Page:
copyright infringement question
ambassador at fourthworld.com
Tue Apr 15 11:22:51 EDT 2008
Sadhu, I'm not an attorney and I don't even play one on TV, so I can't
begin to offer any meaningful legal opinion on your good questions.
But with my limited perspective as a legal layman, I don't share the
opinion of some here who seems to suggest that everything you proposed
is necessarily an infringement. Some of it may be, esp. formal "reverse
engineering", but I know from being in this field for 20 years that
hardly any major commercial software product is designed without having
a competitor's running on a computer in the meeting room at one time or
another. How else would one strike a competitive advantage on bullet
points if the bullet points were not examined carefully?
There is of course a broad range of possible activities between careful
study of a competing app and formal reverse engineering, and we also
know that there are "clean room" methods of reverse engineering that are
used all the time and have withstood the test of the courts.
The subtle differences across the various options you presented are the
subject of many legal opinions and papers far outside of my expertise.
As they say, the devil is in the details; I'll leave the interpretation
of legality to licensed professionals in that field.
But as a software designer, my only question about reverse engineering
would be, "Why bother?"
Software is expensive to write, and the only software worth writing is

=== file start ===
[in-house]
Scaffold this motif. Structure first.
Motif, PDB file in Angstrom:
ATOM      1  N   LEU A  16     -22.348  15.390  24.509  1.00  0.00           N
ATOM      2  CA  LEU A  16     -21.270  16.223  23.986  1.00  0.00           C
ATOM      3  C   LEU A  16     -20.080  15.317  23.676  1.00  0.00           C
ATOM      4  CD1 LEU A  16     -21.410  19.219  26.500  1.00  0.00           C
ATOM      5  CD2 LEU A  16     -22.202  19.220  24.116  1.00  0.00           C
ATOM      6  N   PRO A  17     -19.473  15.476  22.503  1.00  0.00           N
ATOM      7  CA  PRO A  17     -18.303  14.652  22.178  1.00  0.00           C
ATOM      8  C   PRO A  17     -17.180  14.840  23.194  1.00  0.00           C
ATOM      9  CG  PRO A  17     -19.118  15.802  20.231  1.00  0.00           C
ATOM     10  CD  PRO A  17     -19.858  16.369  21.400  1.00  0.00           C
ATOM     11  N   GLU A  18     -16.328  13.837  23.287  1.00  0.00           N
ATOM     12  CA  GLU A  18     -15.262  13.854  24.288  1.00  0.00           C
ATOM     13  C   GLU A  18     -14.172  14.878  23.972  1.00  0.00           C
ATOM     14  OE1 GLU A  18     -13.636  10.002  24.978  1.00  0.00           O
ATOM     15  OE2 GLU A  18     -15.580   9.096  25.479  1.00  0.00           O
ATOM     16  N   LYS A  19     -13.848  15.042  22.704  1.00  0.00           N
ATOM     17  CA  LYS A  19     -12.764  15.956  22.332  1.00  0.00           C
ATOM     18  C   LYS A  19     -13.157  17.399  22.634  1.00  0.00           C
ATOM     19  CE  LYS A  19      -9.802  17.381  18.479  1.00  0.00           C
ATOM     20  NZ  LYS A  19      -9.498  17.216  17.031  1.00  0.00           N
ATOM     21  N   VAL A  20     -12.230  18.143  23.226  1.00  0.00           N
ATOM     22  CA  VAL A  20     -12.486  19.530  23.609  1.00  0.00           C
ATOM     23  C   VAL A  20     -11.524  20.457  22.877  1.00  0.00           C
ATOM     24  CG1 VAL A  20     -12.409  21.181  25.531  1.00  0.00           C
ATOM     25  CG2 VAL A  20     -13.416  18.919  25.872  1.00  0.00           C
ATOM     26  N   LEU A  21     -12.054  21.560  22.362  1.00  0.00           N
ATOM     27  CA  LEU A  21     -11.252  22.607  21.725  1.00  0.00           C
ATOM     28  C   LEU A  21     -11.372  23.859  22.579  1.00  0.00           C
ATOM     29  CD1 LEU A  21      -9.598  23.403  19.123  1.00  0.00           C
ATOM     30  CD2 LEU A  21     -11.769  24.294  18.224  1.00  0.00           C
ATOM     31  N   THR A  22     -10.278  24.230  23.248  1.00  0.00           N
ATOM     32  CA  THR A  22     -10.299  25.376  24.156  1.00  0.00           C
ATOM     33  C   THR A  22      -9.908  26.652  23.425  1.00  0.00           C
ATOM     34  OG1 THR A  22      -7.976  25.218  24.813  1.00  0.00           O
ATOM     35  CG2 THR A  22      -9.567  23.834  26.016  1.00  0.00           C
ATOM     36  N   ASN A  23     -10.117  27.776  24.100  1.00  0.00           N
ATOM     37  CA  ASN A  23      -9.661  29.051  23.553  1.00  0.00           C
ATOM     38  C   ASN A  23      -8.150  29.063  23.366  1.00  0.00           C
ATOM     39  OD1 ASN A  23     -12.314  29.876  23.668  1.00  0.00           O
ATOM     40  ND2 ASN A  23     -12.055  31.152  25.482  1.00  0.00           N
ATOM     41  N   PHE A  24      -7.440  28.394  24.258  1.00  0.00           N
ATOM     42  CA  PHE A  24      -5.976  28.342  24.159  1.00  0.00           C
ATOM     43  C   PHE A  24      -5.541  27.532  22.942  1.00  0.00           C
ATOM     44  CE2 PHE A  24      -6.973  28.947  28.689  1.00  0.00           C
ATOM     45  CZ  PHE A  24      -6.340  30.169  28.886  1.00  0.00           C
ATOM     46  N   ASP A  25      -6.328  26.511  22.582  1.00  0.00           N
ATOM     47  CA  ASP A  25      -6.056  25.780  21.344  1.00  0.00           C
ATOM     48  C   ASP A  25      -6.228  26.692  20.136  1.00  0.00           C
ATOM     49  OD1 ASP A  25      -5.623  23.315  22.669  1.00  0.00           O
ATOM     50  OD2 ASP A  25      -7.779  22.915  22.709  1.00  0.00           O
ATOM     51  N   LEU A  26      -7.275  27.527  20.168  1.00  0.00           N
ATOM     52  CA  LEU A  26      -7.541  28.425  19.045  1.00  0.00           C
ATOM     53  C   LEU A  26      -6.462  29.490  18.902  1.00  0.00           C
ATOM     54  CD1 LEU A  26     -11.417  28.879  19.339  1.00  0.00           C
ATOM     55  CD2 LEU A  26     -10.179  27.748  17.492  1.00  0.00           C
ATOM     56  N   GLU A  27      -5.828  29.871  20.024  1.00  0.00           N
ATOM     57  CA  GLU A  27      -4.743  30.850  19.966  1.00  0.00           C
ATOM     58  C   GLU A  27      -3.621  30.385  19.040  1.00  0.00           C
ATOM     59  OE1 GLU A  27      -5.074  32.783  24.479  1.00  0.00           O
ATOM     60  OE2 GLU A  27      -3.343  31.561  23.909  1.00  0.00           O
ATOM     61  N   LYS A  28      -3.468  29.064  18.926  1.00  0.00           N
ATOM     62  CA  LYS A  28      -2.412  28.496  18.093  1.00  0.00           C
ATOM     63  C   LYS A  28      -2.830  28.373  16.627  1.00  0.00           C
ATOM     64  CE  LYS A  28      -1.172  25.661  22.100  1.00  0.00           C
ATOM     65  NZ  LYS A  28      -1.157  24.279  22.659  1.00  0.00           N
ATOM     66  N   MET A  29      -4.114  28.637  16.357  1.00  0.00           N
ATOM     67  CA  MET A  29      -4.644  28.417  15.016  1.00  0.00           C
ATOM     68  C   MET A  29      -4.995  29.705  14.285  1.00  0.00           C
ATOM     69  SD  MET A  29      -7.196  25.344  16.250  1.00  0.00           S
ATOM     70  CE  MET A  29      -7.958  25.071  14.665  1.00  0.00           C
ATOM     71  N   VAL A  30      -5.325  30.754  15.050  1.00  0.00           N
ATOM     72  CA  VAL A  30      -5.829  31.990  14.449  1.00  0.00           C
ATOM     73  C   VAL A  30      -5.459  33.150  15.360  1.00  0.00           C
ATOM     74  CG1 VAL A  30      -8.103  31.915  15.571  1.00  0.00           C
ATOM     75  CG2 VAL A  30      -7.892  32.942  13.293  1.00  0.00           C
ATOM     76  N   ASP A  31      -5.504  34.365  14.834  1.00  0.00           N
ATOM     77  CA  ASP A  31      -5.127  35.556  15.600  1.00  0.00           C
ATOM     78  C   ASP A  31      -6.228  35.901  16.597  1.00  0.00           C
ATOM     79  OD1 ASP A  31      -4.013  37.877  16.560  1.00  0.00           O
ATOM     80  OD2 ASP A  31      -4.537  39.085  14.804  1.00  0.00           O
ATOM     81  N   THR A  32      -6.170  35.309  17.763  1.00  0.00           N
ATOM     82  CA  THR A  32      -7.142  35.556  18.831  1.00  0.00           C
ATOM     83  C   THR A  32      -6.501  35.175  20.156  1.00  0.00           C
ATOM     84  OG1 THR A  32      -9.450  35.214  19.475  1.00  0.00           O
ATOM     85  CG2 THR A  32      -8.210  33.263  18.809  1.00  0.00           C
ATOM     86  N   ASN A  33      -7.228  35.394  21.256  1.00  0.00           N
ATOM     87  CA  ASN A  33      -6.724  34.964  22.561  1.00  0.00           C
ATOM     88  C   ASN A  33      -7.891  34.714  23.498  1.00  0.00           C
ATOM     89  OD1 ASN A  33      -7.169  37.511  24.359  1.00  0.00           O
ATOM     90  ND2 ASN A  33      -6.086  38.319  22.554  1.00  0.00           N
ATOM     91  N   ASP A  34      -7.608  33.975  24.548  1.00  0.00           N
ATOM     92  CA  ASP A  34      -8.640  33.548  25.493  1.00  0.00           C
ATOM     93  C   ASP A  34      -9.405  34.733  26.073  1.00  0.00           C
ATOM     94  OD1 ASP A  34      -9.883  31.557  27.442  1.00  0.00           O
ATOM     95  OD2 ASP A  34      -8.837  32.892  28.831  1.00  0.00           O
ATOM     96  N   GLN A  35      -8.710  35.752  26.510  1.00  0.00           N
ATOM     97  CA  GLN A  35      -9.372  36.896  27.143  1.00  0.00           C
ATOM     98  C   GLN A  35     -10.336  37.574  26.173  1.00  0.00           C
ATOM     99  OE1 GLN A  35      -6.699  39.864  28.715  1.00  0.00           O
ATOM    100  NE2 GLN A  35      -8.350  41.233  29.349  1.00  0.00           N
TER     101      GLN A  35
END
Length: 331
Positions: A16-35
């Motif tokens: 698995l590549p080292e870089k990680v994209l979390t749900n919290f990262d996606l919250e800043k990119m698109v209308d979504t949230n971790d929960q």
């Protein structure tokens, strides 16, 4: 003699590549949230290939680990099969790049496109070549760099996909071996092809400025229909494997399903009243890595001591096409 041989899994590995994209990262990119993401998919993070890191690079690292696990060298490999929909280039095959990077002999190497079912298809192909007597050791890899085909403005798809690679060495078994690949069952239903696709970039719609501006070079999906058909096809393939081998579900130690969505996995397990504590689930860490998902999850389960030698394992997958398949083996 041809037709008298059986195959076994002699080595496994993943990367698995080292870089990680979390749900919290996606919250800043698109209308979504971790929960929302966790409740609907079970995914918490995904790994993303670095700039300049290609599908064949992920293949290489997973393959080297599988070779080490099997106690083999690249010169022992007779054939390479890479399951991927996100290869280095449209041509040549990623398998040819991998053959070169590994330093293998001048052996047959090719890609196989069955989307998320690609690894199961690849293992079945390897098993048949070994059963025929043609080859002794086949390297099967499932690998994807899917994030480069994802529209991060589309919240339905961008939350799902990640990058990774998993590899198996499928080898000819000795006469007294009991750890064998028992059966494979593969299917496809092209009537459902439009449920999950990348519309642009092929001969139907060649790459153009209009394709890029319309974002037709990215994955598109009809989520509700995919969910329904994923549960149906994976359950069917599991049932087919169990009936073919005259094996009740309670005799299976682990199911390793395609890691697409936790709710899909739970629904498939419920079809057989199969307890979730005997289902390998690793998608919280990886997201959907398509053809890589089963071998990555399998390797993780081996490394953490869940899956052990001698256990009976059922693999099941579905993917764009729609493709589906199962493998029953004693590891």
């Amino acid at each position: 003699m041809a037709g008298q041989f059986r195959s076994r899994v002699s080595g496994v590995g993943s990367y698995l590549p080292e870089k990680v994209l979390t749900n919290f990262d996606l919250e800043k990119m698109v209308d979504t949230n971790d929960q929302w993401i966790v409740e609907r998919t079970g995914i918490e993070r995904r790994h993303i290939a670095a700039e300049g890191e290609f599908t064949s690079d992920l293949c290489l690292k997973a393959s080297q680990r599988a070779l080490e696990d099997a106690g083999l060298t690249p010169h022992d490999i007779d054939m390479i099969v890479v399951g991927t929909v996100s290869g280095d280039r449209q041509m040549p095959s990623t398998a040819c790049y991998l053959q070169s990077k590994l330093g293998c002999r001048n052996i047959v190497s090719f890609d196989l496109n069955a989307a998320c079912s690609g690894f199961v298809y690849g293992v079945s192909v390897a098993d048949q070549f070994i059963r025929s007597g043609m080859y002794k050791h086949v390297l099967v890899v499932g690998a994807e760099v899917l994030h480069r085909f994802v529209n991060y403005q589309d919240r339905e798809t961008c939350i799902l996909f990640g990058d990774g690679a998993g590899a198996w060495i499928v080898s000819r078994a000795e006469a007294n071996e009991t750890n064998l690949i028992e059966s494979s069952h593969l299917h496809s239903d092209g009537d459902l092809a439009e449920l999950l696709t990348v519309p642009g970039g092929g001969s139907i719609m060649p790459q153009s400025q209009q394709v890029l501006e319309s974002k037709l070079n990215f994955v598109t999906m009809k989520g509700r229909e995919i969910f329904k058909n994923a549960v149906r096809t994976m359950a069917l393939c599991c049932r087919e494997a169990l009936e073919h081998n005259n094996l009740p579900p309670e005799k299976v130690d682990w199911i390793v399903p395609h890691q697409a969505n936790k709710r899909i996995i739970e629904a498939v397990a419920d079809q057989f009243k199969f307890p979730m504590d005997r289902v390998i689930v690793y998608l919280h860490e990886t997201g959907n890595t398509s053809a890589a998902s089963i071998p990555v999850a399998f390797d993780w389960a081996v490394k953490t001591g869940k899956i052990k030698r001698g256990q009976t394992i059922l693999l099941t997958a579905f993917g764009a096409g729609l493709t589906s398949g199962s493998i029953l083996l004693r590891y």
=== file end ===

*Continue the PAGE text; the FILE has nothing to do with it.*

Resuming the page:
that which hasn't been written before. It's almost always more
cost-effective to simply buy an existing software than to reproduce it.
Even if what you're proposing were legally acceptable it sounds like
the sort of thing that can lead to a "me too" product, which would
launch it in the precarious position of competing without innovation,
without the Unquestionable Value that might otherwise allow it to
leapfrog the competition altogether.
Over the last decade only a few truly new technologies have been
introduced which made compelling features in themselves. The greatest
opportunities for innovation in software products come from the human
side, from an ever better understanding of the user's workflow and their
mental conceptualization of it.
I don't know the specifics of the project in question so this may all be
irrelevant. But on the odd chance that it may apply to your
circumstance, here's my $0.04 worth:
Rather than copy these competitors, ignore them.
Go around them and instead spend the time directly with end-users,
observing them carefully, understanding how they think about their
workflow, how those who interact with the inputs and outputs of the
program think about the process, and take the understanding you gain
from all that and come up with a solution that's completely different
from what this other vendor has.
The nice thing about living in an imperfect world is that there's so
much room for improvement. Even the best products evidence gaping holes
in their understanding of the user's true needs, and therein lies a
million opportunities for innovation.
"It is precisely because he does not compete with the world
that the world cannot beat him."
- Chuang Tzu
Fourth World Media Corporation
Ambassador at FourthWorld.com http://www.FourthWorld.com
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